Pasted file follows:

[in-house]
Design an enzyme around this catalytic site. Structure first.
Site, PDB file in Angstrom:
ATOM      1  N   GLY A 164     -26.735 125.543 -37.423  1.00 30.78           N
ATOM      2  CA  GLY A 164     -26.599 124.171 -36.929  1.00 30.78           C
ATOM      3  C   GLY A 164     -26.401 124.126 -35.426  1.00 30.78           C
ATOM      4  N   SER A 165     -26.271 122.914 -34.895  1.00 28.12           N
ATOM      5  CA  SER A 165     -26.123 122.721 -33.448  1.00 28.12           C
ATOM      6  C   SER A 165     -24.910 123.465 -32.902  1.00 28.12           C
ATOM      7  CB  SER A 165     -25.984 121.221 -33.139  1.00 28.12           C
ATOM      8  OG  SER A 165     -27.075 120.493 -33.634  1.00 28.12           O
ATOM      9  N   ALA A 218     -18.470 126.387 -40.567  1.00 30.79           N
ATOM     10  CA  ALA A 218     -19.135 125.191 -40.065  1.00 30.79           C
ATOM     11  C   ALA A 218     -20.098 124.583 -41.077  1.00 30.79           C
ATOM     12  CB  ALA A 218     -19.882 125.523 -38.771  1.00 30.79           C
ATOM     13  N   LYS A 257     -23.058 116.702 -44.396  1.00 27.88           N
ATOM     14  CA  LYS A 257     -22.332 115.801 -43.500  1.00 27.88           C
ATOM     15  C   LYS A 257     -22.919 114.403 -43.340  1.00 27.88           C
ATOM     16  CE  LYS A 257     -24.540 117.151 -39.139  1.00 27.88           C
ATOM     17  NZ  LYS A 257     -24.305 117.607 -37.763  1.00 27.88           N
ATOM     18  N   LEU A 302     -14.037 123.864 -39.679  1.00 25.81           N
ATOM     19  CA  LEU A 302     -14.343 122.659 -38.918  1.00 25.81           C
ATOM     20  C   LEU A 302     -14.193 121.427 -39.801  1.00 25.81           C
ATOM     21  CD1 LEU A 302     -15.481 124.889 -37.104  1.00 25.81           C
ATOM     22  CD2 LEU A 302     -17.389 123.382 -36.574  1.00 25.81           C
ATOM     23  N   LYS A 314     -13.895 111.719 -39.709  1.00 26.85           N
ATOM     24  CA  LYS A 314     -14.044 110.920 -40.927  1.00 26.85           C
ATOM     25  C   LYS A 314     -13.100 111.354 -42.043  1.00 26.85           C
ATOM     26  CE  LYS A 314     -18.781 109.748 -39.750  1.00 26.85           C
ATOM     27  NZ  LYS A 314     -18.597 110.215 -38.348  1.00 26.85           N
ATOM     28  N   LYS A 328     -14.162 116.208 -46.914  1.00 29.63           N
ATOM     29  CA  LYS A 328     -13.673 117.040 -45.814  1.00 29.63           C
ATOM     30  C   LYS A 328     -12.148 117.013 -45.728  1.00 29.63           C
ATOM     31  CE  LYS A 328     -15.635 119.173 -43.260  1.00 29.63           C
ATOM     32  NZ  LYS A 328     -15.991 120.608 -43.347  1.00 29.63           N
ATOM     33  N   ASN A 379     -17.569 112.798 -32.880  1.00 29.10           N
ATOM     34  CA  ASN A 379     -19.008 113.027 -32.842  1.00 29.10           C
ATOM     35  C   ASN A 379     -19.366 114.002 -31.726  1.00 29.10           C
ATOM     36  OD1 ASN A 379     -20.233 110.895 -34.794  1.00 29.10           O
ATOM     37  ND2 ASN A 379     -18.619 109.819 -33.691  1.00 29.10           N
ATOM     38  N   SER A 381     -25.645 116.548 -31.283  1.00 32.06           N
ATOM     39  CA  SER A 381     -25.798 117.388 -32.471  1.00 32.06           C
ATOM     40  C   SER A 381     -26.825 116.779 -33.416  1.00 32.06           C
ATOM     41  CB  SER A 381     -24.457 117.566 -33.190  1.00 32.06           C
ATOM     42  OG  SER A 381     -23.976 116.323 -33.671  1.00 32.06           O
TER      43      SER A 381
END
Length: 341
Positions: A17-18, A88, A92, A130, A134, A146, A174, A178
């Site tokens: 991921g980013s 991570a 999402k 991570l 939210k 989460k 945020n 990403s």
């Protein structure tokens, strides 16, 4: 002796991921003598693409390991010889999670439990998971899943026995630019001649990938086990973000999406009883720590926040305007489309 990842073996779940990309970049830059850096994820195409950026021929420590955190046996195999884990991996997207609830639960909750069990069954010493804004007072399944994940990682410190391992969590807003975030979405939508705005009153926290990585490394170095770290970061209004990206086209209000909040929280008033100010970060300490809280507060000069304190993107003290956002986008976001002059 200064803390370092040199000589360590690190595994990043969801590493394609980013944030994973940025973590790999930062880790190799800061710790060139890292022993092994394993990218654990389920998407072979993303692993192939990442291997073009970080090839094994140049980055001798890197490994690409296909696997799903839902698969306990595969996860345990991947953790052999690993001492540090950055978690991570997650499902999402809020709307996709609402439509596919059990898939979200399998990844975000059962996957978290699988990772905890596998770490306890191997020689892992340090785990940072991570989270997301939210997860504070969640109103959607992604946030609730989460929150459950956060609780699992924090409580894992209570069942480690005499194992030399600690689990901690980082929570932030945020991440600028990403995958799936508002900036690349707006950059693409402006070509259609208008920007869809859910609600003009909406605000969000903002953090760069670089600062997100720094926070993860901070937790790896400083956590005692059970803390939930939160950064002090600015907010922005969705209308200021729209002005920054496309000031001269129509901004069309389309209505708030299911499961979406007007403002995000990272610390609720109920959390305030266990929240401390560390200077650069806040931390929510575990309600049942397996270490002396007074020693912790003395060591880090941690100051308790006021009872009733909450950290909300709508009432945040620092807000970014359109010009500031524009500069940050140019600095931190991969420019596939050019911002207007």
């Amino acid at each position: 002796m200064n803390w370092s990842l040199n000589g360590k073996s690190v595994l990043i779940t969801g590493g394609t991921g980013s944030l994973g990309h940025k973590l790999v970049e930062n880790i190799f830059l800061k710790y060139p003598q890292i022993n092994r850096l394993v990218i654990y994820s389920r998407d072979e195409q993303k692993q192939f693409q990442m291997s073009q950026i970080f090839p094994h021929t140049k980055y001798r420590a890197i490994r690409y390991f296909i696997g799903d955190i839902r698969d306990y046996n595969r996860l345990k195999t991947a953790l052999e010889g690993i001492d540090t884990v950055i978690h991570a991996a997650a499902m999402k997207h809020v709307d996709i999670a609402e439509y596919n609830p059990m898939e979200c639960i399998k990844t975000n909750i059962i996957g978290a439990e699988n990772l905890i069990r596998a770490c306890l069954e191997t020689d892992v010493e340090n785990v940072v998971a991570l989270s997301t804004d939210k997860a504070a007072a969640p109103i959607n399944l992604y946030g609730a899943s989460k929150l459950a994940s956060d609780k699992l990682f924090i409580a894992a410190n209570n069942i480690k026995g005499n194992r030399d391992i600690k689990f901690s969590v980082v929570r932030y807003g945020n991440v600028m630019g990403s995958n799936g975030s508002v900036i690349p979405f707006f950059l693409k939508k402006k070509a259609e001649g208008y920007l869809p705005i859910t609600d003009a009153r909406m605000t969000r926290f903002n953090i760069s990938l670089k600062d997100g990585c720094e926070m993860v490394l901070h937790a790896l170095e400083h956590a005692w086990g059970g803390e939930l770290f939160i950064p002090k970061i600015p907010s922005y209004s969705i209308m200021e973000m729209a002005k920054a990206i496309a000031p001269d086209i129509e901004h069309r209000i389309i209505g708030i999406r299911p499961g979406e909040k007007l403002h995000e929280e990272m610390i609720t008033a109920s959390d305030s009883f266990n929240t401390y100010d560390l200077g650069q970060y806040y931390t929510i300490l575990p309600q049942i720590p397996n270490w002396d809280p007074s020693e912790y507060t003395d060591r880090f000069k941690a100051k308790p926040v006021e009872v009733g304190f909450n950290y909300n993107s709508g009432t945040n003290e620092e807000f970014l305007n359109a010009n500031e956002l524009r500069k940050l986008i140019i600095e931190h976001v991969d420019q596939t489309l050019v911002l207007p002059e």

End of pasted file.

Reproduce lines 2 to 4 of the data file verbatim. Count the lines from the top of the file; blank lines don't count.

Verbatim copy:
Design an enzyme around this catalytic site. Structure first.
Site, PDB file in Angstrom:
ATOM      1  N   GLY A 164     -26.735 125.543 -37.423  1.00 30.78           N